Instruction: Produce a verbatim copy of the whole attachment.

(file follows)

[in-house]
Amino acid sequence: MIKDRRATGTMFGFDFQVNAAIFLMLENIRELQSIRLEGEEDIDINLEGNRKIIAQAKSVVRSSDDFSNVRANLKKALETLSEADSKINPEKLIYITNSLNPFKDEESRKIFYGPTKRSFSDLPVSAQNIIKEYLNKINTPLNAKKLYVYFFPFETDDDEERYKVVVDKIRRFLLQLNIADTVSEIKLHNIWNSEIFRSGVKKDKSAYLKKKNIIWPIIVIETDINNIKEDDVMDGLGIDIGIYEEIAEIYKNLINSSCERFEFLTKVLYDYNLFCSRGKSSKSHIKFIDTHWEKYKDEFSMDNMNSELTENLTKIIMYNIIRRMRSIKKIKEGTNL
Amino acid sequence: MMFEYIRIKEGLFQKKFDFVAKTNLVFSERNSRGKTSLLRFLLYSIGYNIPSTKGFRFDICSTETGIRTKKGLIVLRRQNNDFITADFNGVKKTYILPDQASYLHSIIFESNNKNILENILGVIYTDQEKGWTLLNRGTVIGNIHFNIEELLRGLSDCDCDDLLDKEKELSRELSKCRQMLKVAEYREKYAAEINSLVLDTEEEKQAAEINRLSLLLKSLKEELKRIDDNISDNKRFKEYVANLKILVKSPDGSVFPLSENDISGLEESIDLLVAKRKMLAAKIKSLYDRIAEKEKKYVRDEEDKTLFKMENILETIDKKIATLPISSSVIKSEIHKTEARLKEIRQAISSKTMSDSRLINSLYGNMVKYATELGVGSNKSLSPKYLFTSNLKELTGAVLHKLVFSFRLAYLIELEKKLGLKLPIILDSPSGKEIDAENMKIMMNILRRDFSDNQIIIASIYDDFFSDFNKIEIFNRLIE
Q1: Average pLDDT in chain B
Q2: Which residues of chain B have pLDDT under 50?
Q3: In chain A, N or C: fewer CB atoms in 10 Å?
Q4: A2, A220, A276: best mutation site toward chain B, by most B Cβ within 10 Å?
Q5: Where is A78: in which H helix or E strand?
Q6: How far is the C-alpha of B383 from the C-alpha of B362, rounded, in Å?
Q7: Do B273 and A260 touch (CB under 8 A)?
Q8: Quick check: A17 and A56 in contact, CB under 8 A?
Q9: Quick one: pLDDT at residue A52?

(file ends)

[in-house]
Amino acid sequence: MIKDRRATGTMFGFDFQVNAAIFLMLENIRELQSIRLEGEEDIDINLEGNRKIIAQAKSVVRSSDDFSNVRANLKKALETLSEADSKINPEKLIYITNSLNPFKDEESRKIFYGPTKRSFSDLPVSAQNIIKEYLNKINTPLNAKKLYVYFFPFETDDDEERYKVVVDKIRRFLLQLNIADTVSEIKLHNIWNSEIFRSGVKKDKSAYLKKKNIIWPIIVIETDINNIKEDDVMDGLGIDIGIYEEIAEIYKNLINSSCERFEFLTKVLYDYNLFCSRGKSSKSHIKFIDTHWEKYKDEFSMDNMNSELTENLTKIIMYNIIRRMRSIKKIKEGTNL
Amino acid sequence: MMFEYIRIKEGLFQKKFDFVAKTNLVFSERNSRGKTSLLRFLLYSIGYNIPSTKGFRFDICSTETGIRTKKGLIVLRRQNNDFITADFNGVKKTYILPDQASYLHSIIFESNNKNILENILGVIYTDQEKGWTLLNRGTVIGNIHFNIEELLRGLSDCDCDDLLDKEKELSRELSKCRQMLKVAEYREKYAAEINSLVLDTEEEKQAAEINRLSLLLKSLKEELKRIDDNISDNKRFKEYVANLKILVKSPDGSVFPLSENDISGLEESIDLLVAKRKMLAAKIKSLYDRIAEKEKKYVRDEEDKTLFKMENILETIDKKIATLPISSSVIKSEIHKTEARLKEIRQAISSKTMSDSRLINSLYGNMVKYATELGVGSNKSLSPKYLFTSNLKELTGAVLHKLVFSFRLAYLIELEKKLGLKLPIILDSPSGKEIDAENMKIMMNILRRDFSDNQIIIASIYDDFFSDFNKIEIFNRLIE
Q1: Average pLDDT in chain B
Q2: Which residues of chain B have pLDDT under 50?
Q3: In chain A, N or C: fewer CB atoms in 10 Å?
Q4: A2, A220, A276: best mutation site toward chain B, by most B Cβ within 10 Å?
Q5: Where is A78: in which H helix or E strand?
Q6: How far is the C-alpha of B383 from the C-alpha of B362, rounded, in Å?
Q7: Do B273 and A260 touch (CB under 8 A)?
Q8: Quick check: A17 and A56 in contact, CB under 8 A?
Q9: Quick one: pLDDT at residue A52?